CROMWELL, Conn. — Another week, another moving golf ball.
Only Zach Johnson didn’t run up to hit it before it stopped rolling. The ball moved on its own during Friday's second round of the Travelers Championship. Thankfully this result was less controversial.
Playing his 12th hole of the day, the par-4 third at TPC River Highlands, Johnson’s 18-foot birdie putt stopped on the edge of the hole. Eventually he went to tap it in and before he put his putter down the ball dropped into the cup.
Instead of a birdie, however, Johnson was given a par because more than 10 seconds had elapsed since he’d reached the hole.
“The ball's deemed to be at rest,” said Mark Russell, the PGA Tour vice president of rules. “If it falls in after the 10 seconds, you've deemed to have holed out with your previous shot and add one.
“If that would have happened with eight seconds once he had reached the hole, he would have made a 3. But that's a specific rule dealing with ball overhanging hole.”
Rule 16-2 states that when any part of the ball overhangs the lip of the hole, the player is allowed enough time to reach the hole without unreasonable delay and an additional 10 seconds to determine whether the ball is at rest. If by then the ball has not fallen into the hole, it is deemed to be at rest. If the ball subsequently falls into the hole, the player is deemed to have holed out with his last stroke and must add a penalty stroke to his score for the hole, otherwise.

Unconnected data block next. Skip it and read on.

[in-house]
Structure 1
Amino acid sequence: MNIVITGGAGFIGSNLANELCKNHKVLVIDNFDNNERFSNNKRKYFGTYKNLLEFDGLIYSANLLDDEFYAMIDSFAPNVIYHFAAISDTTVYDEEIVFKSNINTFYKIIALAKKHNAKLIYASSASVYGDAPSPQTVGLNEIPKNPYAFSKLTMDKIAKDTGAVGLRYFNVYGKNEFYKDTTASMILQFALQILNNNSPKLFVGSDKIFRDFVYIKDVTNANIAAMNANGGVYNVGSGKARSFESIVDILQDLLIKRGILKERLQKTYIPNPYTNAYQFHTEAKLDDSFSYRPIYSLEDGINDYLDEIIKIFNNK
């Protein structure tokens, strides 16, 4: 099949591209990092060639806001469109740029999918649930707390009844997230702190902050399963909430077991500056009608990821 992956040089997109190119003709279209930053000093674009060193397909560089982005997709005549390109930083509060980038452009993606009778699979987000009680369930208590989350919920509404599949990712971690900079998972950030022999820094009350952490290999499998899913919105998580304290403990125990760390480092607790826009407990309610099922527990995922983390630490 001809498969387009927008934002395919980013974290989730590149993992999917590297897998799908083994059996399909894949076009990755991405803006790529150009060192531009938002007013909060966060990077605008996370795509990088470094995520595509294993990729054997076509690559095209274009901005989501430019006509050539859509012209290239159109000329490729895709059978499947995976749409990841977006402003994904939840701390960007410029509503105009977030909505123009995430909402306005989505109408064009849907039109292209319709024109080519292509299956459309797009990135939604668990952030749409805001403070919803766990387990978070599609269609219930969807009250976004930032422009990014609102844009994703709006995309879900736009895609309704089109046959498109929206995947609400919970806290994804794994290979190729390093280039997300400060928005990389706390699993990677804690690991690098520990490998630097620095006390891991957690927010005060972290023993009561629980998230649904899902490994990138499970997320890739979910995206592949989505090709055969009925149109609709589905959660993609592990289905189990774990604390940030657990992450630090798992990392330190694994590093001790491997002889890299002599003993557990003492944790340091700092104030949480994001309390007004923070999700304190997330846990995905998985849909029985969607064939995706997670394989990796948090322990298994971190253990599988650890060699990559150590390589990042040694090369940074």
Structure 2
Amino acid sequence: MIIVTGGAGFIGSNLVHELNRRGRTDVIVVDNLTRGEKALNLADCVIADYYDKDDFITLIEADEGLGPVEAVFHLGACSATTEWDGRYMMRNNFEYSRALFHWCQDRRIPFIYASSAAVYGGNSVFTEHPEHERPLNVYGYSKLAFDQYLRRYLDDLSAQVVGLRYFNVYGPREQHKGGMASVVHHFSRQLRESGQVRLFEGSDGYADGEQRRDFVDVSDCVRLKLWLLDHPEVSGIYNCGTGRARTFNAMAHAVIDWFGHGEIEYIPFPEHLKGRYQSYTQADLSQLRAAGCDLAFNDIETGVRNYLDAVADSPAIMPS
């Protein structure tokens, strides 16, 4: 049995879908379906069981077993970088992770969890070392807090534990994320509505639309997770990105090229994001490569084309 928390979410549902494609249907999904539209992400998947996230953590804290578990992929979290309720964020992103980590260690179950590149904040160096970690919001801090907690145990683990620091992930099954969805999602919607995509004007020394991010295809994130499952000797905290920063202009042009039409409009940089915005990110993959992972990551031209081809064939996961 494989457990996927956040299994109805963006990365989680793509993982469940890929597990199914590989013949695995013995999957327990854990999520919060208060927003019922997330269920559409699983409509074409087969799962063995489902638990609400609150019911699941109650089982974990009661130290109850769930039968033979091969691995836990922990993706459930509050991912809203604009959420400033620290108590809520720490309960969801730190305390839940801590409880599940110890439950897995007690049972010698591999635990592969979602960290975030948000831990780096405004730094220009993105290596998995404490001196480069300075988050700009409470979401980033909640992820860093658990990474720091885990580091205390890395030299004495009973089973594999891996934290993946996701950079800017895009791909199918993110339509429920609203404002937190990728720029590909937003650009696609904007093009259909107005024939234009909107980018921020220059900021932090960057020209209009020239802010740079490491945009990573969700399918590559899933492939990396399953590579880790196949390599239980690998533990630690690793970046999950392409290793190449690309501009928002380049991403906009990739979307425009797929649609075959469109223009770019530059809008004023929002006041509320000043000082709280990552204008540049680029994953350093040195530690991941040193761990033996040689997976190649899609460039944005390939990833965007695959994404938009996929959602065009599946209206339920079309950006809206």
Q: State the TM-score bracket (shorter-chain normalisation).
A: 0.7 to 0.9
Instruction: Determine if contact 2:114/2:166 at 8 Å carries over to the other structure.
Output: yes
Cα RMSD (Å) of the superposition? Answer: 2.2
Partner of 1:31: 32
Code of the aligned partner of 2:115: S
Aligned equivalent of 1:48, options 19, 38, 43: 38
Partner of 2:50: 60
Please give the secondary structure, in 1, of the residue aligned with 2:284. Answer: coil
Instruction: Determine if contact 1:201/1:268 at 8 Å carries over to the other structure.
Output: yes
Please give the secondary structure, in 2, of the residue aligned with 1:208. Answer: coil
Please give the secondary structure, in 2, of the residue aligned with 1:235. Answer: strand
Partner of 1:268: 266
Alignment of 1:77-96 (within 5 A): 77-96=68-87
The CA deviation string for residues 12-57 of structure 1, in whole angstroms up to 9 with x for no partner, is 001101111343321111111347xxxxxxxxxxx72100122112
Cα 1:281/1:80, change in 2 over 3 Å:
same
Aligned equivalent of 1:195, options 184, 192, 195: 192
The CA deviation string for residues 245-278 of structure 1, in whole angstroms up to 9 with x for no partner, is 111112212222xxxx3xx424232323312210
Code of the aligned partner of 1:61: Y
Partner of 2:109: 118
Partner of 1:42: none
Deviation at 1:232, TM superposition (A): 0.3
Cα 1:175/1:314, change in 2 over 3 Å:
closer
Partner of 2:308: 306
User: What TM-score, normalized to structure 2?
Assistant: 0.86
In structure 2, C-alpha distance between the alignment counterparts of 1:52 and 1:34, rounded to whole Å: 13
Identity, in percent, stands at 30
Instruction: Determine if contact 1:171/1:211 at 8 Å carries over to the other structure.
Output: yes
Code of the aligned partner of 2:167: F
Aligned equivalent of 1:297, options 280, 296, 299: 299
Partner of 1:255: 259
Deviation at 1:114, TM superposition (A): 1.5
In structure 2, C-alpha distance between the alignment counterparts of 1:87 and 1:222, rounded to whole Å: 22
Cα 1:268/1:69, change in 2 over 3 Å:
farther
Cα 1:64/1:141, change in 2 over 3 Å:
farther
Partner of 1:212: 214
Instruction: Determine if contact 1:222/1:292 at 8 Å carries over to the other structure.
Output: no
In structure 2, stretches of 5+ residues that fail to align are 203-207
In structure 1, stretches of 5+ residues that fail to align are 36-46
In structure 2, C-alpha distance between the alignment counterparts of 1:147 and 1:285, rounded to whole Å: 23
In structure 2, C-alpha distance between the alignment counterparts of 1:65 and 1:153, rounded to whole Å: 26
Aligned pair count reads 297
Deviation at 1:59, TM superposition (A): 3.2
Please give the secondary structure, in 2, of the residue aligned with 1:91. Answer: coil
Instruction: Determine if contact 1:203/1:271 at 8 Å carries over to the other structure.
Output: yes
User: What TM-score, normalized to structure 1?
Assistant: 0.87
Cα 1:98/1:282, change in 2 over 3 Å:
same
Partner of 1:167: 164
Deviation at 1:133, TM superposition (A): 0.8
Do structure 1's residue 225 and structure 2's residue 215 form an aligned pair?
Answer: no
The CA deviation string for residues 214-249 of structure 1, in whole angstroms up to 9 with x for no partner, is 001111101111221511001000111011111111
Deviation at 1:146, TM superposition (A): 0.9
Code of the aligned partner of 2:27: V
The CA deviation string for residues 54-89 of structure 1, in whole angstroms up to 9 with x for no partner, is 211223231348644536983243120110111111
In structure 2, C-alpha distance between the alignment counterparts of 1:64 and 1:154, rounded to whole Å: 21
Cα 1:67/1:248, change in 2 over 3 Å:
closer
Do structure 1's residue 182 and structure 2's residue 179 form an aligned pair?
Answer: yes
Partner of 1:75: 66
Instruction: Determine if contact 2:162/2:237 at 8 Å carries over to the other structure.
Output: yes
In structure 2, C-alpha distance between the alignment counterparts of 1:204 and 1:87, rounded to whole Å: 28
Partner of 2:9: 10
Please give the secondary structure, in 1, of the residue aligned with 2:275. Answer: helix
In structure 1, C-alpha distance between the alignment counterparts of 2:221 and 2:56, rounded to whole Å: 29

“You can see me counting,” Johnson said. “But now the ball is rolling, and I'm like, I can't touch it, it's moving. As I get closer to it, it's moving even more. So I don't want to touch a moving ball. However, even if I would have, it wouldn't have mattered. It's a four. That's all I know is it's a four.
“I could have walked really slow to the ball. But I'm not so sure I would have felt good about that.”
At the U.S. Open last week, Phil Mickelson ran after a missed putt during the third round and hit it back toward the hole while it was still moving. He was penalized two strokes.
Johnson, meanwhile, was involved in two rulings on Friday.
Playing the par-4 17th, he found water off the tee but because it was a lateral hazard was able to drop on the opposite side of the pond equidistant to the hole from the point where the ball last crossed the margin. In doing so, it put him in position to go for the green from 232 yards out.
Johnson hit a perfect hybrid to eight feet and made the putt to save par.
The shot helped keep a blemish-free round going, and he went on to shoot two-under 68 to move into a tie for second a stroke back of leader Brian Harman.
“I have no idea how far we really were, but I could just kind of guess that I'm going to get it over the water, ideally get it around there so I can get up-and-down for a five, and then that happens,” Johnson said. “I was using the lateral hazard rule to my advantage there, and drew a good lie. The beauty of that drop was if we don't have a good lie, which we obviously had a good lie in the rough, is that we could hit a wedge on the fairway and try to play for a five that way. But the lie was good enough. With a jumper lie like that, I think anything around that pin, I've got a chance to get up-and-down, and it landed, obviously, perfect.”